Cryptologic Hall of Honor

The Cryptologic Hall of Honor was created in 1999 to pay special tribute to the pioneers and heroes who rendered distinguished service to American cryptology.

The standards are high for induction into this great hall. The individuals honored were innovators over their entire careers or made major contributions to the structure and processes of American cryptology. The men and women who have been inducted to the Cryptologic Hall of Honor are all greats in the once silent world of cryptology.

In the early days of America's cryptologic effort, many of the "giants" did both Signals Intelligence and Information Assurance. They made important contributions to both offensive and defensive cryptology. As such, they were among the first inducted into the Cryptologic Hall of Honor. 

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Lester K. Myers, 2020 Hall of Honor inductee
Lester K. Myers
By | Dec. 15, 2020
About Lester K. Myers, former NSA Senior Language Analyst, mentor, and 2020 Hall of Honor inductee.

Dr. Whitfield Diffie, 2020 Hall of Honor inductee
Dr. Whitfield Diffie
By | Dec. 15, 2020
About Dr. Whitfield Diffie, computer security pioneer and 2020 Hall of Honor inductee.

Barbara A. McNamara, 2020 Hall of Honor inductee
Barbara A. McNamara
By | Dec. 15, 2020
About Barbara A. McNamara, former NSA Executive Assistant to the Director, former NSA representative to the Department of Defense, former Deputy Director NSA, and 2020 Hall of Honor inductee.

Dr. David Kahn, 2020 Hall of Honor inductee
Dr. David Kahn
By | Dec. 15, 2020
About Dr. David Kahn, Journalist, Author, former NSA Scholar-in-Residence, and 2020 Hall of Honor inductee.

George R. Cotter 2020 Hall of Honor inductee
George R. Cotter
By | Dec. 15, 2020
About George R. Cotter, former NSA Chief of Staff, NSA Chief Scientist, and 2020 Hall of Honor inductee.

Hilda Faust Mathieu

2018 Hall of Honor Inductee

Women in American Cryptology Honoree

Computer network pioneer Hilda Faust Mathieu was an early advocate recognizing network vulnerabilities and one of the driving forces developing security controls for network protection.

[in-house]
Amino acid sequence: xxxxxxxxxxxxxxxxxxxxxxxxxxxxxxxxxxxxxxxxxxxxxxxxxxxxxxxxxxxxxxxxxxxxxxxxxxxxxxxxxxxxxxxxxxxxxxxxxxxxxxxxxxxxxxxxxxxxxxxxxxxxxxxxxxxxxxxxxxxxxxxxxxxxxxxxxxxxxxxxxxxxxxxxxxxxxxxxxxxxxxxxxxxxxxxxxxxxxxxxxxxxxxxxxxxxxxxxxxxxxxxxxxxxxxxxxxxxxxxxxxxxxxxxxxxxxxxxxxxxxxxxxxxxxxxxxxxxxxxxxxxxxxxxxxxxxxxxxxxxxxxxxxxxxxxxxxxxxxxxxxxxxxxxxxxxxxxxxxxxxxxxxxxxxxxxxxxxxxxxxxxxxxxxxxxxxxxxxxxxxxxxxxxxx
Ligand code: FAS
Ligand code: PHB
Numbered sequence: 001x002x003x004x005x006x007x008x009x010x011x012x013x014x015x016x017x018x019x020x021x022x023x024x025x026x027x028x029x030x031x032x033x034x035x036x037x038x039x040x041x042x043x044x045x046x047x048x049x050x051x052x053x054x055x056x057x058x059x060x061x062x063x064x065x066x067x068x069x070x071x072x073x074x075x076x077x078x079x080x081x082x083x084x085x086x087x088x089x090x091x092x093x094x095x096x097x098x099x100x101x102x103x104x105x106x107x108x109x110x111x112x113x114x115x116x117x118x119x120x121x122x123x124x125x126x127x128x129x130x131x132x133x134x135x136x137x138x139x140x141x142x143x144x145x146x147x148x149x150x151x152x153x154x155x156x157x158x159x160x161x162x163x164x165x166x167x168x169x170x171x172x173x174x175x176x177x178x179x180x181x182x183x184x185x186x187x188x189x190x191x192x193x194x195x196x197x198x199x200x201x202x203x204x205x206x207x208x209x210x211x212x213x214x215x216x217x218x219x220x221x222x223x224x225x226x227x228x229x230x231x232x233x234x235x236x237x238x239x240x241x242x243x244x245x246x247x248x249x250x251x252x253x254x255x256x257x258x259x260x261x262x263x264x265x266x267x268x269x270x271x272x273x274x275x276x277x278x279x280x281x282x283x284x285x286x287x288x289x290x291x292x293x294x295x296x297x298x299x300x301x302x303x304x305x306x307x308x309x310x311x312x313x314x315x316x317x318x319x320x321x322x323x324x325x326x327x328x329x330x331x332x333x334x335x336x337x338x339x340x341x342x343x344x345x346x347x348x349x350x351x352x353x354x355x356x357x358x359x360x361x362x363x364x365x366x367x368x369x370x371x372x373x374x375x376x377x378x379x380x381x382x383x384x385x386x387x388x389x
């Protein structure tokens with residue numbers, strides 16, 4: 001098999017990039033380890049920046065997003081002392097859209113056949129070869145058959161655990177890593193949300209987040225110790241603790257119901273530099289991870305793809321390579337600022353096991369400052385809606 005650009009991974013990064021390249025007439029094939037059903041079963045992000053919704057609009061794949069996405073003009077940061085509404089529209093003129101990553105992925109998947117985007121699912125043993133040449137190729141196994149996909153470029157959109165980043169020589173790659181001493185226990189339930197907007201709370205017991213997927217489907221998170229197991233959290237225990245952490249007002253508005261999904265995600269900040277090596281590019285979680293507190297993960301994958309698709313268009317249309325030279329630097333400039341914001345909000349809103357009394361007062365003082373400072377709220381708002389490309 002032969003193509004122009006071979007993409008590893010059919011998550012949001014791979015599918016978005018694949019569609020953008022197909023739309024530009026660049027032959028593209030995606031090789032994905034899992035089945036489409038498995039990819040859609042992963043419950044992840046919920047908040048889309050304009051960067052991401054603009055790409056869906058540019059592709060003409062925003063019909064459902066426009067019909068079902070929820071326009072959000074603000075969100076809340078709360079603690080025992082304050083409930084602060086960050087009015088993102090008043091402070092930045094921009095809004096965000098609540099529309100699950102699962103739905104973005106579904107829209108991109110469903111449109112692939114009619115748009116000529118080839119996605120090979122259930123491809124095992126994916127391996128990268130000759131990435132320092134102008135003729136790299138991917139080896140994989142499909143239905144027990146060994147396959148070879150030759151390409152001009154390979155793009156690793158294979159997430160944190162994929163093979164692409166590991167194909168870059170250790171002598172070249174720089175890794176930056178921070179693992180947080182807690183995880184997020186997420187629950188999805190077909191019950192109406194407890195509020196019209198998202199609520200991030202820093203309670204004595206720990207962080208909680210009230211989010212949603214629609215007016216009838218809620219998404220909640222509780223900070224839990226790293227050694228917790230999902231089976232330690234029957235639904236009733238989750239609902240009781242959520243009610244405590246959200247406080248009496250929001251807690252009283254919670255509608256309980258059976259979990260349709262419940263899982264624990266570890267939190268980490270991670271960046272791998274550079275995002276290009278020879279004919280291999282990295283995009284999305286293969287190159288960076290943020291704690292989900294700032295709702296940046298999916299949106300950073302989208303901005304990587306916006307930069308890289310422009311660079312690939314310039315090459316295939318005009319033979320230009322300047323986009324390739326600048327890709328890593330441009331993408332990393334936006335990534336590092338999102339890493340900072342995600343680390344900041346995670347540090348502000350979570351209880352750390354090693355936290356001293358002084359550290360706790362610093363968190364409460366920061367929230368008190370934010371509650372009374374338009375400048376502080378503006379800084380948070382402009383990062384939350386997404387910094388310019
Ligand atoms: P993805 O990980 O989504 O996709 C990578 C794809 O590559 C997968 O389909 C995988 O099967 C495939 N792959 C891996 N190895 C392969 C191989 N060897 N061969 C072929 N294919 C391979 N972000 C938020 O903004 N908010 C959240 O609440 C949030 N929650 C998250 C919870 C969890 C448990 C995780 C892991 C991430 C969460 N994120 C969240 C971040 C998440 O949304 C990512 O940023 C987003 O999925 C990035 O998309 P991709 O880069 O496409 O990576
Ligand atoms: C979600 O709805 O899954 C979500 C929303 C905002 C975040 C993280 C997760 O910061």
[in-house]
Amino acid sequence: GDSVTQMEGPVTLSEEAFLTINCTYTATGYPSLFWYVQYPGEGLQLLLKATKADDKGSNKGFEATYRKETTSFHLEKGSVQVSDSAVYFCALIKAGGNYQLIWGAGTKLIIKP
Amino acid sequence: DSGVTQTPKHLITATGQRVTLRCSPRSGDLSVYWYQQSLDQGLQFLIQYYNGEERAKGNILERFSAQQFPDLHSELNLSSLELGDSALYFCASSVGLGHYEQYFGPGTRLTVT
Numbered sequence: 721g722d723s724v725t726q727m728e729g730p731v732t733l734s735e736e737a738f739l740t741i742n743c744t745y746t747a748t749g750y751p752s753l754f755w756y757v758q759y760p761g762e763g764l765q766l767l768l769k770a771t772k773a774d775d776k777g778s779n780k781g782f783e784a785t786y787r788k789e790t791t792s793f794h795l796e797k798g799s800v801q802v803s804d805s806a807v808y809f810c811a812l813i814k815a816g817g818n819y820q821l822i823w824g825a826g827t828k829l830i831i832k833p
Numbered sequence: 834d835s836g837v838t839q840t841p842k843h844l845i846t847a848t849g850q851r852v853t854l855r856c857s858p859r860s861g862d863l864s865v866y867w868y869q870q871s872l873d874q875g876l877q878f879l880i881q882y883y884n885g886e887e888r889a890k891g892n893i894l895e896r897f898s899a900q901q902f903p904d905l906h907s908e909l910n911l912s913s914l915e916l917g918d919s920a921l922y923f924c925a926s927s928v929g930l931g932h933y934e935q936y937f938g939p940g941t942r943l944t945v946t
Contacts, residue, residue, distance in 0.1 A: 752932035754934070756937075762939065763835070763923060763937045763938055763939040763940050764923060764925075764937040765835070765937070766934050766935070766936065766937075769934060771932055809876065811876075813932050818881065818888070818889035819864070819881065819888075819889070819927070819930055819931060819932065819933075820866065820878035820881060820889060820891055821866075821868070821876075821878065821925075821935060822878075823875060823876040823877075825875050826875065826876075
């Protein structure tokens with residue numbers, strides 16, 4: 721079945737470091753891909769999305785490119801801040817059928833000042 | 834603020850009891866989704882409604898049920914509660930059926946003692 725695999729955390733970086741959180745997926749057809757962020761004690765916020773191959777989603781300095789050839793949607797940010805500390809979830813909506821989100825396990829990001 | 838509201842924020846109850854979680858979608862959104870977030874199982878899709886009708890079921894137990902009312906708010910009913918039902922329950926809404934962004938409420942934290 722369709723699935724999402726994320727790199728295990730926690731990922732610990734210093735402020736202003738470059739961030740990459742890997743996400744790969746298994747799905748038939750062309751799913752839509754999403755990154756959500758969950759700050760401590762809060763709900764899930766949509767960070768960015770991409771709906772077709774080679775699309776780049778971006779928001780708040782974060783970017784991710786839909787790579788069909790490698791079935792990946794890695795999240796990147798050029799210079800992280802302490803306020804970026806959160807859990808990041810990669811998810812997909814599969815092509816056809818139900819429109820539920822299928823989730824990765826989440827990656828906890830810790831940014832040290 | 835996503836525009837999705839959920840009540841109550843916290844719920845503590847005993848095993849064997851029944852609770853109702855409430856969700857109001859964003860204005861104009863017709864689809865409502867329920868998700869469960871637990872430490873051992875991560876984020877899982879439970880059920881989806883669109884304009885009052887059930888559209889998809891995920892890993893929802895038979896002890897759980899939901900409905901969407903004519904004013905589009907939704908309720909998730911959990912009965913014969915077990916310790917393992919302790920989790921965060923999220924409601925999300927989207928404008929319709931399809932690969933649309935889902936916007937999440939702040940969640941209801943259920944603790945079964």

Based on earlier work evaluating conventional cryptomachines, Ms. Mathieu’s review of the security of the U.S. Department of Defense (DoD) record communication system in the 1960s led her to conclude that the government’s computer networks were vulnerable to attack. One of the first to try to convince the government of the vulnerabilities, she was a major contributor to the 1970 Rand Report and to the U.S. Air Force Computer Technology Planning Study of 1972.  Both addressed alarming security problems in government computer data.

When the Director of NSA established the Department of Defense Computer Security Center in 1981, he appointed Ms. Mathieu Chief of Research and Development for Computer Security. In the mid-1980s, Ms. Mathieu formulated the then-controversial concept that computer network exploitation was a feasible and worthwhile goal. She also recruited the first engineers to begin target development and exploitation. Her vision evolved into a major operational component of NSA.

Hilda Faust Mathieu was instrumental in beginning one of present-day NSA’s largest and most critical operational components. Despite internal opposition, she and a small team convinced senior leadership to acknowledge an innovative new target area.

Ms. Mathieu retired in 1992, before seeing full-scale implementation of her vision and the benefits it would bring to our nation’s security.  Her visionary ideas and practical applications underlie much of what is done today at NSA and United States Cyber Command.